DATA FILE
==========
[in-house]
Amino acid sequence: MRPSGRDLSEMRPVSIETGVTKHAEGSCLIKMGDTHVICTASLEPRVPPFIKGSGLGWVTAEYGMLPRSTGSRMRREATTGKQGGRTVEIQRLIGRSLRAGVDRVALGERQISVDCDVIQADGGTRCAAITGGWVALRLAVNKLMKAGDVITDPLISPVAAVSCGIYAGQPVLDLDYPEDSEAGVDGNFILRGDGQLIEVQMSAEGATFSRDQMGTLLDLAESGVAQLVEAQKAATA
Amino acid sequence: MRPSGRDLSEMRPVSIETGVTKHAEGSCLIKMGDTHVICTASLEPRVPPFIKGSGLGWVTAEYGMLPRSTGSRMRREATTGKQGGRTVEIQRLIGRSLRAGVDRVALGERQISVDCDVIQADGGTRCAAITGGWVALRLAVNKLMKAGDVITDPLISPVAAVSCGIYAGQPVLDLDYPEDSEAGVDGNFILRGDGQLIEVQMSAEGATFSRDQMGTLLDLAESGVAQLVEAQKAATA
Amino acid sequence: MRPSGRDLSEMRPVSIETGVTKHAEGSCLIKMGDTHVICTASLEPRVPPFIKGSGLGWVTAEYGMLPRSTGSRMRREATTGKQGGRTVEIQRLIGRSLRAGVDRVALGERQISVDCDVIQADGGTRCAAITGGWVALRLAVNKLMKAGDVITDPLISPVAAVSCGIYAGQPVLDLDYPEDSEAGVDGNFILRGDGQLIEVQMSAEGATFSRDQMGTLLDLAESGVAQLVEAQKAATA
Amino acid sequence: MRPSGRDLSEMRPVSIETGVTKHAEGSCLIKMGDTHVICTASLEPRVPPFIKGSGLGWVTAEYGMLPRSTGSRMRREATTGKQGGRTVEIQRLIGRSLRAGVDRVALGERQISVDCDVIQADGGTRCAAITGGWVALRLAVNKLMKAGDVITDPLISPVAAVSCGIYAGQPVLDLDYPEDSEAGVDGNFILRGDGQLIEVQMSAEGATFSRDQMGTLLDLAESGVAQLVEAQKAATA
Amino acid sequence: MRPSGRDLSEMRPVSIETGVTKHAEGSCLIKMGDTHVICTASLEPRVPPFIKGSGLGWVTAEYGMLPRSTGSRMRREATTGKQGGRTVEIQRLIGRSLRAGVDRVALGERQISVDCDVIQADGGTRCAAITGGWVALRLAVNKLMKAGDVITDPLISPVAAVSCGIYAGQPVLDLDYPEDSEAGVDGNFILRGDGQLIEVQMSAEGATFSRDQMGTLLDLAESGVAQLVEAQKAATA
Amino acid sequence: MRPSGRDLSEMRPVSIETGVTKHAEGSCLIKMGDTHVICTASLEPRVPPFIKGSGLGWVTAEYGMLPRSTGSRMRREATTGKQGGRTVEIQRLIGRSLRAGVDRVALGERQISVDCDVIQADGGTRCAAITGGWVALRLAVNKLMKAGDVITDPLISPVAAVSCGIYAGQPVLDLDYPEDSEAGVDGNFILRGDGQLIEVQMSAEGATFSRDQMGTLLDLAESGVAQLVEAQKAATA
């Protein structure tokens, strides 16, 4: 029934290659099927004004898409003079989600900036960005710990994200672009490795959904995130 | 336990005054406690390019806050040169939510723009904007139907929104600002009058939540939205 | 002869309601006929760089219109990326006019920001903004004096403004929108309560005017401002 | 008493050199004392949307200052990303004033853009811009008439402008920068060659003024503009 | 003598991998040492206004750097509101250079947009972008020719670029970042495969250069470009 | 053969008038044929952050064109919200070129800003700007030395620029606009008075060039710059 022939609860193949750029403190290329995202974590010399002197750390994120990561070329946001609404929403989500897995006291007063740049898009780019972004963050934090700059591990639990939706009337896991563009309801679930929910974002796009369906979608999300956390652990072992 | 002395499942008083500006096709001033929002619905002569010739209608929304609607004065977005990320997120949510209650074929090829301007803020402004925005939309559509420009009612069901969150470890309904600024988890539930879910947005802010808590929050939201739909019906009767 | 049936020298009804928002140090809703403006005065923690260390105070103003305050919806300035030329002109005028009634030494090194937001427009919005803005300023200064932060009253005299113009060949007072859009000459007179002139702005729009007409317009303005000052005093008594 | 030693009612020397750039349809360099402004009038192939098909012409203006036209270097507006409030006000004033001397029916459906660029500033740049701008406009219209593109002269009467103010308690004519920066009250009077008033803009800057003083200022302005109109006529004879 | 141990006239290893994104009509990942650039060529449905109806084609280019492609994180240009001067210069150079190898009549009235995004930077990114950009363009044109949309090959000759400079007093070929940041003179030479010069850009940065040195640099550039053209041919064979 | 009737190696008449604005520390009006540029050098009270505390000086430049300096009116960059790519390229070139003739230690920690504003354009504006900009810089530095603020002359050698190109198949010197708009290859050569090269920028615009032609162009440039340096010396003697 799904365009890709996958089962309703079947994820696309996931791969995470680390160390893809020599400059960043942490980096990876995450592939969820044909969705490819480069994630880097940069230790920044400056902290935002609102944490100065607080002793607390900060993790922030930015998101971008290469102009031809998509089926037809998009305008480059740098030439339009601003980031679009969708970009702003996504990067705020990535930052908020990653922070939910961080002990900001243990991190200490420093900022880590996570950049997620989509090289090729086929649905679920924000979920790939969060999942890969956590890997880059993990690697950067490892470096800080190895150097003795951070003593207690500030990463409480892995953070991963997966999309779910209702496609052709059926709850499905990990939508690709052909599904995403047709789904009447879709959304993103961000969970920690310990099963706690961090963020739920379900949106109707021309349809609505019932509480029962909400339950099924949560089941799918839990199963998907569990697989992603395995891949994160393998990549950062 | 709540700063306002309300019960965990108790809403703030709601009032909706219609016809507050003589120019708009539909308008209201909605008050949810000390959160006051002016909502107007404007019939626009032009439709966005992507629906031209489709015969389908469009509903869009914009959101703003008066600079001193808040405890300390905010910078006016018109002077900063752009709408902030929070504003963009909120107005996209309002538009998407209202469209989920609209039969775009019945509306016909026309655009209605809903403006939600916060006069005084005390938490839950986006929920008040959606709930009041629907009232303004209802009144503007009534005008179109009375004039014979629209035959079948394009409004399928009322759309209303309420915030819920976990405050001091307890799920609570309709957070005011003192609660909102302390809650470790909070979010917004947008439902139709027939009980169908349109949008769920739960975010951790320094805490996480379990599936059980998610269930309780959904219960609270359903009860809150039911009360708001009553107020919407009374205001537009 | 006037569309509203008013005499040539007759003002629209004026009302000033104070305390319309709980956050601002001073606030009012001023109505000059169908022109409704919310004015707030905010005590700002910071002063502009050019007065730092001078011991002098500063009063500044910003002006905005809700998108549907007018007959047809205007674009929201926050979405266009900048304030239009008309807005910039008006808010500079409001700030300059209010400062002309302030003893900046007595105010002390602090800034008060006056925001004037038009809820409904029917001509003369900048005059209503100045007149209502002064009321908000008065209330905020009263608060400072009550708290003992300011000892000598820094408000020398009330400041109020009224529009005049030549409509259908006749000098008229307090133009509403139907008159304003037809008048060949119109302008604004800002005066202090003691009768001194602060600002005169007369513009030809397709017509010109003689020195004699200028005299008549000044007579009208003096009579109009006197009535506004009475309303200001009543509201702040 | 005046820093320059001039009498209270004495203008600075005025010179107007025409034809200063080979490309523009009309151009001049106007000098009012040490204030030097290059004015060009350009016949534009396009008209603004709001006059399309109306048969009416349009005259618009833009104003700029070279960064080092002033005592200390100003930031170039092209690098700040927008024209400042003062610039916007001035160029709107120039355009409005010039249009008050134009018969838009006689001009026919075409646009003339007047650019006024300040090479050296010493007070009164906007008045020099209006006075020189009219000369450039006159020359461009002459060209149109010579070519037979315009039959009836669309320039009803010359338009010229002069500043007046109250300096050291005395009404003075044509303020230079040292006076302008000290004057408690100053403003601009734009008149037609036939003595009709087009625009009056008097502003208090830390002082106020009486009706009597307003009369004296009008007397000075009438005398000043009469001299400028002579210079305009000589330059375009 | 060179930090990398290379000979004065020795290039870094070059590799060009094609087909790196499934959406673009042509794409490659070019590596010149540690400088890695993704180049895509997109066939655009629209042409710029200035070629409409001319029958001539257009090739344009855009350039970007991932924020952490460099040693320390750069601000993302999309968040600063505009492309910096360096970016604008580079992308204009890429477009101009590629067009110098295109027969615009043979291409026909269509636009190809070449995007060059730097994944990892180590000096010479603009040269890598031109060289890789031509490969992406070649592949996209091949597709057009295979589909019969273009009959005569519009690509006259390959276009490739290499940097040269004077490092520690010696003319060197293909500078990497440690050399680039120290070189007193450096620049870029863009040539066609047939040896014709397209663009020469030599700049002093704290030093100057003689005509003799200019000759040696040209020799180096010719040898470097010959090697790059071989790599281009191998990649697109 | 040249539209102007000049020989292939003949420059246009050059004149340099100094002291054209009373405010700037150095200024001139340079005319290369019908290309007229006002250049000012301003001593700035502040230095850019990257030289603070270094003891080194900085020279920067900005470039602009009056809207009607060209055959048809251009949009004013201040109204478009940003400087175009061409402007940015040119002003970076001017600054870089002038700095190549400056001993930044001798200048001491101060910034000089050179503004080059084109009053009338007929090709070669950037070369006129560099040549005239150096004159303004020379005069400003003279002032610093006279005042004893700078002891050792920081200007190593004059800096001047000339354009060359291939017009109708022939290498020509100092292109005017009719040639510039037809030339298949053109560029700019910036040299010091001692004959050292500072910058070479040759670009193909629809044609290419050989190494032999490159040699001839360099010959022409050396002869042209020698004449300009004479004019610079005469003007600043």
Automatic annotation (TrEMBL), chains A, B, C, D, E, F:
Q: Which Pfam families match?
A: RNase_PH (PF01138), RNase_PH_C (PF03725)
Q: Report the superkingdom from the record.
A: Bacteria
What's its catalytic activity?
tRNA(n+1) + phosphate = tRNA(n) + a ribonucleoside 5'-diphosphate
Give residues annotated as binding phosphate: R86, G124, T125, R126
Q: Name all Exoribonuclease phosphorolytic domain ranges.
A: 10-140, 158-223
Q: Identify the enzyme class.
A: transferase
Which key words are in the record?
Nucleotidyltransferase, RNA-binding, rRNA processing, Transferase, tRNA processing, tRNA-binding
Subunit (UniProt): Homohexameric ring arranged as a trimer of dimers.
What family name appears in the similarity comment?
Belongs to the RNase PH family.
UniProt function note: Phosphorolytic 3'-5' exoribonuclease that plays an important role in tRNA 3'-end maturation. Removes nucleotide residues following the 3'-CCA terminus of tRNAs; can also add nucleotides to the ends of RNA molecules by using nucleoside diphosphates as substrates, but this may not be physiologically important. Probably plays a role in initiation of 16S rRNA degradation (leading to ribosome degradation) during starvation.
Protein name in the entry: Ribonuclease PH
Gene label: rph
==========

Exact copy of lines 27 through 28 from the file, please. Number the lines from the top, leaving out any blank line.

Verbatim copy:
Protein name in the entry: Ribonuclease PH
Gene label: rph